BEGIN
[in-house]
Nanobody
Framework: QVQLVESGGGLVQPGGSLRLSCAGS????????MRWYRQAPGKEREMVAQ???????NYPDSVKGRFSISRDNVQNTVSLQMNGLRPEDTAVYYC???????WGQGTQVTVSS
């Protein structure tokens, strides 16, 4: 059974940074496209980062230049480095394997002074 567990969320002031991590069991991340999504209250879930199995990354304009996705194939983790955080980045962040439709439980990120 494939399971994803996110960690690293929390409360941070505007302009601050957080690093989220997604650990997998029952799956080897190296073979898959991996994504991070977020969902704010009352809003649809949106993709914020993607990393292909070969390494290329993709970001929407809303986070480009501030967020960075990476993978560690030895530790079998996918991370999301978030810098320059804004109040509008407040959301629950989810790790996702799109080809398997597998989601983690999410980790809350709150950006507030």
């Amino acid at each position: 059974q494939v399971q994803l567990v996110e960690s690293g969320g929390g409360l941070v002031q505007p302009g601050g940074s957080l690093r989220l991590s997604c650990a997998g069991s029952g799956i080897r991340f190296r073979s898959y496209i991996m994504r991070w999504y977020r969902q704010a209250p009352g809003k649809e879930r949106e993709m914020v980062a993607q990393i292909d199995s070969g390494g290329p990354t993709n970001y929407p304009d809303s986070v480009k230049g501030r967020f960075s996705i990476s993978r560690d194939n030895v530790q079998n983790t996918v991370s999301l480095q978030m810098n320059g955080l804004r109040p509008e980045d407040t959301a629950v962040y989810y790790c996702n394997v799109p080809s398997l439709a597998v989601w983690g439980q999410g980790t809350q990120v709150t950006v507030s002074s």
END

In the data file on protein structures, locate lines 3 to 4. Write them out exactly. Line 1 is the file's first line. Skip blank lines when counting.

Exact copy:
Framework: QVQLVESGGGLVQPGGSLRLSCAGS????????MRWYRQAPGKEREMVAQ???????NYPDSVKGRFSISRDNVQNTVSLQMNGLRPEDTAVYYC???????WGQGTQVTVSS
């Protein structure tokens, strides 16, 4: 059974940074496209980062230049480095394997002074 567990969320002031991590069991991340999504209250879930199995990354304009996705194939983790955080980045962040439709439980990120 494939399971994803996110960690690293929390409360941070505007302009601050957080690093989220997604650990997998029952799956080897190296073979898959991996994504991070977020969902704010009352809003649809949106993709914020993607990393292909070969390494290329993709970001929407809303986070480009501030967020960075990476993978560690030895530790079998996918991370999301978030810098320059804004109040509008407040959301629950989810790790996702799109080809398997597998989601983690999410980790809350709150950006507030």